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Native American women speak out about sexual violence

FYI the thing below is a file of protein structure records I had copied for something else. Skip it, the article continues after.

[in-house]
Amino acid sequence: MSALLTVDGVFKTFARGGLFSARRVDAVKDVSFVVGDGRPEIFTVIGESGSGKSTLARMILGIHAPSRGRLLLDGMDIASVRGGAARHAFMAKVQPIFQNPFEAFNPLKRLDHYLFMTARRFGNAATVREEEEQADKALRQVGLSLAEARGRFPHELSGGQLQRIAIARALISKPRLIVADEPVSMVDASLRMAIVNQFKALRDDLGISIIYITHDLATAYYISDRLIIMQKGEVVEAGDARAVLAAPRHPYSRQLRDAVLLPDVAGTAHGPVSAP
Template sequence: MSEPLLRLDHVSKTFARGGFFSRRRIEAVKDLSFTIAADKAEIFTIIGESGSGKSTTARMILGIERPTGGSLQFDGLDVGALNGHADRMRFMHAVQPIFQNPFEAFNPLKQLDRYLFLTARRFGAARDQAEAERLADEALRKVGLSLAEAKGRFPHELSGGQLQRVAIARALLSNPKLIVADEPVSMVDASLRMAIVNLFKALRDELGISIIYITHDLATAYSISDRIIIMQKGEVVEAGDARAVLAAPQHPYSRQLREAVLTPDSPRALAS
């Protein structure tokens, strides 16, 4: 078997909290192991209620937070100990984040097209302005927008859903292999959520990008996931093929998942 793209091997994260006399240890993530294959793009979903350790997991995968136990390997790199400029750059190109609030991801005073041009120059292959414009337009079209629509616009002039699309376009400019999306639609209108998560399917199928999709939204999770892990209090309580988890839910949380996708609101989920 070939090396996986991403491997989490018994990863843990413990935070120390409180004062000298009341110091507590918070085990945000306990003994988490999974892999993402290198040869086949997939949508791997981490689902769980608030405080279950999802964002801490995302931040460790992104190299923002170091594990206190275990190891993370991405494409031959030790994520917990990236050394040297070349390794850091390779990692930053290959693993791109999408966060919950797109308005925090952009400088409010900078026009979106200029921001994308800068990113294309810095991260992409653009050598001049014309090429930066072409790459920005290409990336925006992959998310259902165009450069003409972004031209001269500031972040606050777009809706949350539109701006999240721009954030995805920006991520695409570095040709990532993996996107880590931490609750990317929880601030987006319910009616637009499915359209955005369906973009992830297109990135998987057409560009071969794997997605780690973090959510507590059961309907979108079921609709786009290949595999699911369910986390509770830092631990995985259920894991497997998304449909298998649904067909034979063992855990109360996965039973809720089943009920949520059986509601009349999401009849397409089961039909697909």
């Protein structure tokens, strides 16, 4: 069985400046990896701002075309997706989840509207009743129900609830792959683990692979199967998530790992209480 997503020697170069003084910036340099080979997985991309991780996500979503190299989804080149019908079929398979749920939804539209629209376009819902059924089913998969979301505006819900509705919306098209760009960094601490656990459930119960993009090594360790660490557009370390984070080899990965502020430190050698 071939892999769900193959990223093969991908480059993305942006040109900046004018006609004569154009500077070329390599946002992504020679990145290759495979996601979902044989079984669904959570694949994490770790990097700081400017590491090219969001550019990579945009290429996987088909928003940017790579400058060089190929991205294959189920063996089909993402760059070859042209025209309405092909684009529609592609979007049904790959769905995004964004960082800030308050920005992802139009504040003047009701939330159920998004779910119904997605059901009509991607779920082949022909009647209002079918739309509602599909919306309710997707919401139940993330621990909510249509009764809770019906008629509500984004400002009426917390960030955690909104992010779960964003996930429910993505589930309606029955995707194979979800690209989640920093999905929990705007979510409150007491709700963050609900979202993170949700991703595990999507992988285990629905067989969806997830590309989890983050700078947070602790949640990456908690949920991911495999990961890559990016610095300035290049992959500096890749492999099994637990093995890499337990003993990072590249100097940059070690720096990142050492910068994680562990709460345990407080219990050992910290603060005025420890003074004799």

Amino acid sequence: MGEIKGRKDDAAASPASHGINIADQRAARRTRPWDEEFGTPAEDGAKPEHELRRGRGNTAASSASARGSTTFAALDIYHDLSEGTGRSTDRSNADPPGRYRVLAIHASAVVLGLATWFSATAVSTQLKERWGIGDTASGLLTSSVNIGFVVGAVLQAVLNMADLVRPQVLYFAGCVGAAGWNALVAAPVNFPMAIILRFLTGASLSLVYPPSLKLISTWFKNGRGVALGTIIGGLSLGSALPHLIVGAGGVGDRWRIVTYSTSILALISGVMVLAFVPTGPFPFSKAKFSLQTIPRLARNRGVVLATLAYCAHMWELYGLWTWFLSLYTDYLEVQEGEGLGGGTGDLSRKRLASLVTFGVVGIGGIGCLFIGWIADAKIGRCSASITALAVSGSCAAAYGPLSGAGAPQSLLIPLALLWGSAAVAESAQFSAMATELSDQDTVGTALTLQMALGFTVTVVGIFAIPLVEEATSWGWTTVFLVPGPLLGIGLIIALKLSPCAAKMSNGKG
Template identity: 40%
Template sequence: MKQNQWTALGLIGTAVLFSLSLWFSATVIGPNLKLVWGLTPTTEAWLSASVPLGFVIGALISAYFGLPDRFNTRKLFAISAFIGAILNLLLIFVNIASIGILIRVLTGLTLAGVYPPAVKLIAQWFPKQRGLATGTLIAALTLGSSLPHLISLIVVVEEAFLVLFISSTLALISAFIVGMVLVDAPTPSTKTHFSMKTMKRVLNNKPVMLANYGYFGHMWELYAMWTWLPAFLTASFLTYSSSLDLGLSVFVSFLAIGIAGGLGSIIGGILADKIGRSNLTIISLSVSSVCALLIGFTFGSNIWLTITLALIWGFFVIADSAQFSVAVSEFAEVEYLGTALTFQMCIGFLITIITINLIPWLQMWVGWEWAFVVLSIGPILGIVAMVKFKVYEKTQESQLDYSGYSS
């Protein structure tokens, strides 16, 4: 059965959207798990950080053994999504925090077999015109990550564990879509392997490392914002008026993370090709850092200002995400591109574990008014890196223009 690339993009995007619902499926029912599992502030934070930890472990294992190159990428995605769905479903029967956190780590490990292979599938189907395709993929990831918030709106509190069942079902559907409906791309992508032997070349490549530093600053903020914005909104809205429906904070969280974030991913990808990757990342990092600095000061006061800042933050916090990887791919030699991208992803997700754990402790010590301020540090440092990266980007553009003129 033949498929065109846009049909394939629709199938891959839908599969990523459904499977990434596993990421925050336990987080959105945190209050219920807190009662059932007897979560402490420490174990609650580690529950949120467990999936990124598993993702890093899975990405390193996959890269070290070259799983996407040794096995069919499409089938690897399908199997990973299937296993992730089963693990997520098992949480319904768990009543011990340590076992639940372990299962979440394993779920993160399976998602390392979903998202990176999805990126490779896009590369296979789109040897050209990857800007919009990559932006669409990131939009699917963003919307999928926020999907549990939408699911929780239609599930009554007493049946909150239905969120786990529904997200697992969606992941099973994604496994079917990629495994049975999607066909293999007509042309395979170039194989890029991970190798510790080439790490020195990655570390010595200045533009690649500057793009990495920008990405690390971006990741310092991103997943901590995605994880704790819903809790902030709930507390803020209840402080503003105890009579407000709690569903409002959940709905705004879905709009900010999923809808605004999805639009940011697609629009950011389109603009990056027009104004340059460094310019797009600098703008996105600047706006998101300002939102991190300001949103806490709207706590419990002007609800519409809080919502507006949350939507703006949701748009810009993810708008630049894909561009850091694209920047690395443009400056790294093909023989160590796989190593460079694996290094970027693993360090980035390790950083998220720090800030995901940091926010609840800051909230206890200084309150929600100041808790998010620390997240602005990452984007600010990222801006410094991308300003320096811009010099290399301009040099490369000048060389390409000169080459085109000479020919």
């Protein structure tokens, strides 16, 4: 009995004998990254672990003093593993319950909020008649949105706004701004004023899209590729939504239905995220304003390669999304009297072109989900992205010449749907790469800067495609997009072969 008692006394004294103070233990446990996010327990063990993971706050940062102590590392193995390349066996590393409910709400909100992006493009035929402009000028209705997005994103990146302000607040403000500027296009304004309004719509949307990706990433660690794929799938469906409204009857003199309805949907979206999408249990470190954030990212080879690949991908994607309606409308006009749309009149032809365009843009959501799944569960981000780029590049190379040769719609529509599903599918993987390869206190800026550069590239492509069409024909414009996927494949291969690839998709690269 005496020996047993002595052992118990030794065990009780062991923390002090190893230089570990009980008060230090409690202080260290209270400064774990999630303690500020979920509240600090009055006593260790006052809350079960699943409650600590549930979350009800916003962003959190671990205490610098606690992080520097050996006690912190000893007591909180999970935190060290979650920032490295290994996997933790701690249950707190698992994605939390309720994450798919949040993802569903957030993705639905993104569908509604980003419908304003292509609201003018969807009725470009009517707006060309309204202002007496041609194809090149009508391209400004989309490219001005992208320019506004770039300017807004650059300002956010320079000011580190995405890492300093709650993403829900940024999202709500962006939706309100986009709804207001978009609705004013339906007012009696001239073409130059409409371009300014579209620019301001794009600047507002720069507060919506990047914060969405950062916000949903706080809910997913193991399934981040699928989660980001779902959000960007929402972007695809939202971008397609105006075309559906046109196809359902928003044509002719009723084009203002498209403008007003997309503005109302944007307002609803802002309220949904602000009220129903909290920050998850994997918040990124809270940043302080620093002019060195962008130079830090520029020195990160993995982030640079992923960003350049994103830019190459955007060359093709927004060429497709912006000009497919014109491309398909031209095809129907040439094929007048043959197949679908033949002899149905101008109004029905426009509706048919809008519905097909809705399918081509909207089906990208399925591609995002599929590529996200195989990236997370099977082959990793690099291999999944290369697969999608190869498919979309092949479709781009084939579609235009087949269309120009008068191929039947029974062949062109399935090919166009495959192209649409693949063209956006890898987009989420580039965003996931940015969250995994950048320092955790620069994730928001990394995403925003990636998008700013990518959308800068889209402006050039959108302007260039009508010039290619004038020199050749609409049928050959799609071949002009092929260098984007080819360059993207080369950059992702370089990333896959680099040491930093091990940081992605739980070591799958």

As the country has its national reckoning with cases of sexual harassment, abuse and inequalities, there is at least one overlooked group of women. The treatment of indigenous women in the U.S. and their accusations of sexual violence perpetrated against them have been seemingly ignored. According to U.S. government statistics, Native American and Alaska Native women are more than 2.5 times more likely to be raped or sexually assaulted than other women in the country. Caroline Antone of the Tohono O’odham Nation near Tucson, Arizona, was molested when she was six years old and endured years of continued assault. As an adult, she has devoted herself to awareness, holding rape response clinics on tribal lands and encouraging others to no longer hide what happened to them.
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